Exec: Pemex's 'Front Door' Could Open Wider with Mexican Energy Reform

Exec: Pemex's 'Front Door' Could Open Wider with Mexican Energy Reform

In a given year, Petróleos Mexicanos (Pemex) spends from $30-$50 billion on equipment and services for capital and operating expenses. Although the national oil company operates primarily in Mexico, Pemex relies on international suppliers for roughly one-half of its purchases – and approximately 70 percent of these suppliers are based in the United States.

Exec: Pemex's 'Front Door' Could Open Wider with Mexican Energy Reform

When Pemex deals with suppliers outside Mexico, it turns to its Houston-based subsidiary Pemex Procurement International Inc. (PPI).

"We're the international procurement arm for Pemex Group," explained Arturo Henriquez, president and chief executive officer of PPI, which handles procurement functions such as purchasing, negotiating framework agreements, expediting and inspections, logistics and customs and processing supplier invoices. "It's the front door to acquisitions and purchases for all international players outside Mexico."

Exec: Pemex's 'Front Door' Could Open Wider with Mexican Energy Reform

Pemex has dramatically increased its international procurement activities in the past 2 years, translating into a higher profile for PPI within the Pemex Group, noted Henriquez.

"Last year, only $2.9 billion went through Integrated Trade Systems," he said, referring to PPI's name prior to June 2013. "This year, we're currently doing about $14 billion through PPI. That just underscores how underutilized the procurement function was."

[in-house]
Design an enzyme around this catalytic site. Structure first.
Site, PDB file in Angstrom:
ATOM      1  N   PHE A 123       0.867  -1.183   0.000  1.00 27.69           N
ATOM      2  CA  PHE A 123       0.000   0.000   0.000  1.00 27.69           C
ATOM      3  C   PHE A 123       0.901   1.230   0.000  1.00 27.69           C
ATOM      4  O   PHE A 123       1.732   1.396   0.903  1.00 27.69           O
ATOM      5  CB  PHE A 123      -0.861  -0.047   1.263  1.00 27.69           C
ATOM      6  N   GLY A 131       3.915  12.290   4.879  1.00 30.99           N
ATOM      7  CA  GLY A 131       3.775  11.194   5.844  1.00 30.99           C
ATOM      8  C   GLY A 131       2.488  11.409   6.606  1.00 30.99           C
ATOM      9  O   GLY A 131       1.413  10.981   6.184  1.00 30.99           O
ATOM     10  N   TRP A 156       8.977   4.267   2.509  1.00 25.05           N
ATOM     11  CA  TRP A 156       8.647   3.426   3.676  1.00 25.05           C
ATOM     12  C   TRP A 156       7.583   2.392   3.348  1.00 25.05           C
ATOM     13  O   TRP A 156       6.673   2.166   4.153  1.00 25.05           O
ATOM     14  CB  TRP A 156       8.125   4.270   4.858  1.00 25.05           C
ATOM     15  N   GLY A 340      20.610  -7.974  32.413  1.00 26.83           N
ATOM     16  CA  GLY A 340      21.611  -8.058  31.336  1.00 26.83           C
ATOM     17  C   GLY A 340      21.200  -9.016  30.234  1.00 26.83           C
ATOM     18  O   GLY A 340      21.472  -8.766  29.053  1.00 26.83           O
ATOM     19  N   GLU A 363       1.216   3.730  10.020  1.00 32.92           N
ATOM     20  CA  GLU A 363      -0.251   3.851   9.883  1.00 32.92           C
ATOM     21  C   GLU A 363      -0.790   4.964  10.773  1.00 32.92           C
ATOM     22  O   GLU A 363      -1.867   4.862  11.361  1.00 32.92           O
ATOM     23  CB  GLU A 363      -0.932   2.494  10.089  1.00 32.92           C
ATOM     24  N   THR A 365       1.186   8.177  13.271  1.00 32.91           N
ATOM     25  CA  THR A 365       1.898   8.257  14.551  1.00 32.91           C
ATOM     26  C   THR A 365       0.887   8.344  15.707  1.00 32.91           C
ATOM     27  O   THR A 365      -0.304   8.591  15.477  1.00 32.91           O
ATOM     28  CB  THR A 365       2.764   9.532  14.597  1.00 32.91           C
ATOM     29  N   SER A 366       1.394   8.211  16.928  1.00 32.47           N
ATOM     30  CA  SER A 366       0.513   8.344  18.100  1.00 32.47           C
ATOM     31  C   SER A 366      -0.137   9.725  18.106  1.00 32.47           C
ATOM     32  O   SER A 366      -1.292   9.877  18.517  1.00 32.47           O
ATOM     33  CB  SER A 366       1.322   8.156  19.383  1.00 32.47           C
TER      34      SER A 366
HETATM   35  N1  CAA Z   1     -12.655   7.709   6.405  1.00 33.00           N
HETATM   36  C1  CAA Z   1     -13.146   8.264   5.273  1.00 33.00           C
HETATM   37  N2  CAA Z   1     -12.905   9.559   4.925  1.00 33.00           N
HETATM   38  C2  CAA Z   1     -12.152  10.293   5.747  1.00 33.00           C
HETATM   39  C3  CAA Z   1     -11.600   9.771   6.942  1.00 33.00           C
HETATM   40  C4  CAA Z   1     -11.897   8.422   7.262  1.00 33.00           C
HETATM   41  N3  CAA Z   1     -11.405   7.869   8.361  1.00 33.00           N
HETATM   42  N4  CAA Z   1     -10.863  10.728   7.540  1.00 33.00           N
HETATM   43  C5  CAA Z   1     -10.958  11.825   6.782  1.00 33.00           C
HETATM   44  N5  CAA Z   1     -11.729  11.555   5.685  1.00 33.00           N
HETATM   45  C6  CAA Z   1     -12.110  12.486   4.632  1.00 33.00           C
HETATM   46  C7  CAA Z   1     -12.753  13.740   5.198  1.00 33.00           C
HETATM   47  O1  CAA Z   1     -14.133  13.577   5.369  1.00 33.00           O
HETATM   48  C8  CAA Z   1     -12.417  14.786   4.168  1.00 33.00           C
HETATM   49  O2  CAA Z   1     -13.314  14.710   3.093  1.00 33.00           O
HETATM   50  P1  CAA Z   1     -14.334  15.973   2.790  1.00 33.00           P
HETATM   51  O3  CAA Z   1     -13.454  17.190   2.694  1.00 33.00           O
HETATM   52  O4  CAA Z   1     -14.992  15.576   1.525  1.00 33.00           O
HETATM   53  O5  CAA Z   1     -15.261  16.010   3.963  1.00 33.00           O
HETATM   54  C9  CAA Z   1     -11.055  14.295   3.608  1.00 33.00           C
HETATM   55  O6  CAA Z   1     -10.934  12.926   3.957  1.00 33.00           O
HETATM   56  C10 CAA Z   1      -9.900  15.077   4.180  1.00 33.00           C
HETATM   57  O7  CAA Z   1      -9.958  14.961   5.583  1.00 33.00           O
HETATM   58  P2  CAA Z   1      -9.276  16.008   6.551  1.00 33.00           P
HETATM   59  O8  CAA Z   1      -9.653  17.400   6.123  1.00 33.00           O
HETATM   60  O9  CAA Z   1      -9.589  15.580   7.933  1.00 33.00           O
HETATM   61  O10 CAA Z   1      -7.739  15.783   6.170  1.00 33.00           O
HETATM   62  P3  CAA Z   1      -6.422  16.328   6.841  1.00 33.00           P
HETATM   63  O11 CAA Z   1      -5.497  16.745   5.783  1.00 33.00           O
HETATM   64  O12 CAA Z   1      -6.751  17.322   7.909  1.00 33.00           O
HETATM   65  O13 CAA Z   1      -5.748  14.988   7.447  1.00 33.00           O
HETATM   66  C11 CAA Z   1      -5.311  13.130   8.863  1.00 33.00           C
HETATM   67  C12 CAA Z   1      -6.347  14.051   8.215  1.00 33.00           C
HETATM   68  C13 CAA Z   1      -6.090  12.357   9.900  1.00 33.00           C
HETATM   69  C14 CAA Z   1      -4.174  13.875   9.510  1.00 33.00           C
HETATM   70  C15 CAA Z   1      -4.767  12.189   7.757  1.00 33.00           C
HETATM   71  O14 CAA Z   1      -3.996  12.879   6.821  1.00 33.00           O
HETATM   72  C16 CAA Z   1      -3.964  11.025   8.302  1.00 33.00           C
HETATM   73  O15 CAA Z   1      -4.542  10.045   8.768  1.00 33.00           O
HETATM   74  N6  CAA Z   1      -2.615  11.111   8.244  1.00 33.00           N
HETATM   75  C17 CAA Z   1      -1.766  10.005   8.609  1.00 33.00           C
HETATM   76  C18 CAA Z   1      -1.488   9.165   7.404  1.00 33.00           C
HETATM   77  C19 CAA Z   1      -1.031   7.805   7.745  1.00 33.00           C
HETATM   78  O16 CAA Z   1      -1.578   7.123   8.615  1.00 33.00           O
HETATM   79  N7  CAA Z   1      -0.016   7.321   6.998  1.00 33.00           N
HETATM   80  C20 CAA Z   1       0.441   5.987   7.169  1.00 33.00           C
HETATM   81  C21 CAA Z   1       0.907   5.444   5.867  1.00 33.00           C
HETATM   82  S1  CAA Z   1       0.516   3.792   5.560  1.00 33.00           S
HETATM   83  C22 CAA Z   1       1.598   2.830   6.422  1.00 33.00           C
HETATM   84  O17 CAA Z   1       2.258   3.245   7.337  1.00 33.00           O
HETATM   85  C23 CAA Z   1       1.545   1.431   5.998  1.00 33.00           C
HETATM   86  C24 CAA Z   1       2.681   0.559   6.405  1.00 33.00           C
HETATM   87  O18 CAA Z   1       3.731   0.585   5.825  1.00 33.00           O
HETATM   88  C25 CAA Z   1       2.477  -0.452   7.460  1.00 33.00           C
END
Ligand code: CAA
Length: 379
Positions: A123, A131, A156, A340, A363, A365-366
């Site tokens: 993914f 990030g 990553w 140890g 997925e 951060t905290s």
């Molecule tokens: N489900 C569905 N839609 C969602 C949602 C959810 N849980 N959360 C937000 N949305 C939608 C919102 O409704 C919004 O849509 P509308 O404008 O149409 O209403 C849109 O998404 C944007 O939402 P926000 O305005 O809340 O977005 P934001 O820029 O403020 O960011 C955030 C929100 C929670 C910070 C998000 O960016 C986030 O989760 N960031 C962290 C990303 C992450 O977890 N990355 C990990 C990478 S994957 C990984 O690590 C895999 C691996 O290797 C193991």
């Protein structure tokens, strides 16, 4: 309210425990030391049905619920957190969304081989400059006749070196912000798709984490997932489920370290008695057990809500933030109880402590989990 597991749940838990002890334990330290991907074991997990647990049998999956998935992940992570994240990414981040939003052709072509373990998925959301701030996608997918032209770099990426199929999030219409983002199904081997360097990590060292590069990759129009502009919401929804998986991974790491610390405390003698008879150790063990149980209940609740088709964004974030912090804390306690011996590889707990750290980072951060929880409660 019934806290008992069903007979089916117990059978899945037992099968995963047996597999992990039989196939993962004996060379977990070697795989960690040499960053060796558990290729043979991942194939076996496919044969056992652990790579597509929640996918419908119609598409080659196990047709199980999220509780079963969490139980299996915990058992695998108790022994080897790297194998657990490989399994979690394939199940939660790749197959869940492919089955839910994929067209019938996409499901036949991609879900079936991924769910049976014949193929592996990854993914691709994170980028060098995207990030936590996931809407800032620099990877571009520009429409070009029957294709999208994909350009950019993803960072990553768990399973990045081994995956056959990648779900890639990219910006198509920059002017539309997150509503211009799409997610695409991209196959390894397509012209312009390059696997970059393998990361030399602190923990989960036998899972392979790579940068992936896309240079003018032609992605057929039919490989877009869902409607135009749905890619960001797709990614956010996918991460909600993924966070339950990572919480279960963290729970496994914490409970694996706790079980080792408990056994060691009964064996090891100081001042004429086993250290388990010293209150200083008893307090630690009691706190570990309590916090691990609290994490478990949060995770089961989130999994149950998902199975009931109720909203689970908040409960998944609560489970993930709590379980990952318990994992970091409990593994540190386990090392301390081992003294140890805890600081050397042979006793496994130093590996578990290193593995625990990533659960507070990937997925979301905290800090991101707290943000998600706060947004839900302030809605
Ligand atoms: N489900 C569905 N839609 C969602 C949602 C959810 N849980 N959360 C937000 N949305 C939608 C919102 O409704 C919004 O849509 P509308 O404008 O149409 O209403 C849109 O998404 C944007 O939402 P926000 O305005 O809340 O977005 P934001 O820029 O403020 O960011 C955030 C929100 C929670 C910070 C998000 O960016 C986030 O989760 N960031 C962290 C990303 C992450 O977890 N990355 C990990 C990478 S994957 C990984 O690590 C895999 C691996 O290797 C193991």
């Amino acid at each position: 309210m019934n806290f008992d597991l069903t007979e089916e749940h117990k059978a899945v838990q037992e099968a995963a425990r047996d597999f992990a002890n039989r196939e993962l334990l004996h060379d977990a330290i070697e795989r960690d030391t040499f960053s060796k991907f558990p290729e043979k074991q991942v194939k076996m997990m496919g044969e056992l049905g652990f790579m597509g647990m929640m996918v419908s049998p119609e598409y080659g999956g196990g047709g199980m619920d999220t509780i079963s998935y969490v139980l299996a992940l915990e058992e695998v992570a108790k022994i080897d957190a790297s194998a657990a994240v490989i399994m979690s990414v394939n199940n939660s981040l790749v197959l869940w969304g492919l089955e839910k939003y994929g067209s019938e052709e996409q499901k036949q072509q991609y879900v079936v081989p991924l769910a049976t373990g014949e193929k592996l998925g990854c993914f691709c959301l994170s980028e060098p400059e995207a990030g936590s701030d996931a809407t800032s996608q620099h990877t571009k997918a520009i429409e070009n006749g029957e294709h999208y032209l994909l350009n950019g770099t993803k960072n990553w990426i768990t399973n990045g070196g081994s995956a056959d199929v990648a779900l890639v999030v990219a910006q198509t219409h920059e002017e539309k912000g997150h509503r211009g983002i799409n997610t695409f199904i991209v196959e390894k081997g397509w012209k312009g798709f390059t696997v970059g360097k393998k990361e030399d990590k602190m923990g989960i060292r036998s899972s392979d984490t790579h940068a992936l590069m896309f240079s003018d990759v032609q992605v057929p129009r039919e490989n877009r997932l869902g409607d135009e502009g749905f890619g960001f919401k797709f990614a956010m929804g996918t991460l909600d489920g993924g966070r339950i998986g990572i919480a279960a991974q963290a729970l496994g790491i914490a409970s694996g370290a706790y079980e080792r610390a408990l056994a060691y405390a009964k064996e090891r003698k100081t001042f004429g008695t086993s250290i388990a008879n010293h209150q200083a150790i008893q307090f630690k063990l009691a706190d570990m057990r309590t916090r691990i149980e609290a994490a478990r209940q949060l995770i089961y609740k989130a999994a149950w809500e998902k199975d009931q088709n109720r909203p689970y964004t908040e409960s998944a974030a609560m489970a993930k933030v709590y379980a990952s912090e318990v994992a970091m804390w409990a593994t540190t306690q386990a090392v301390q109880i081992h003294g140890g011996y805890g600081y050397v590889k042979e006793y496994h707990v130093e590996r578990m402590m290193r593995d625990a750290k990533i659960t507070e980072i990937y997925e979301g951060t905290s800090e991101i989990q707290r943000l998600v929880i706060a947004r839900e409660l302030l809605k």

The Mexican government is considering energy reform measures that could open the country's oil and gas sector to foreign investment. Under the right set of reforms, Henriquez envisions a major structural change in Pemex's procurement function that could have implications for suppliers both nationally and internationally. Billions in new spending in Mexico's oil and gas industry would go through PPI.

"PPI is the only centralized procurement function in Pemex, but only internationally," he said. "In Mexico, approximately 100 different entities perform the procurement function. That hinders efficiency. We're looking to centralize the procurement function. Pemex purchases are equivalent to 4 to 5 percent of Mexico's gross domestic product, so you can imagine how important to do it well."


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Matthew V. Veazey has written about the oil and gas industry since 2000. Email Matthew at mveazey@downstreamtoday.com


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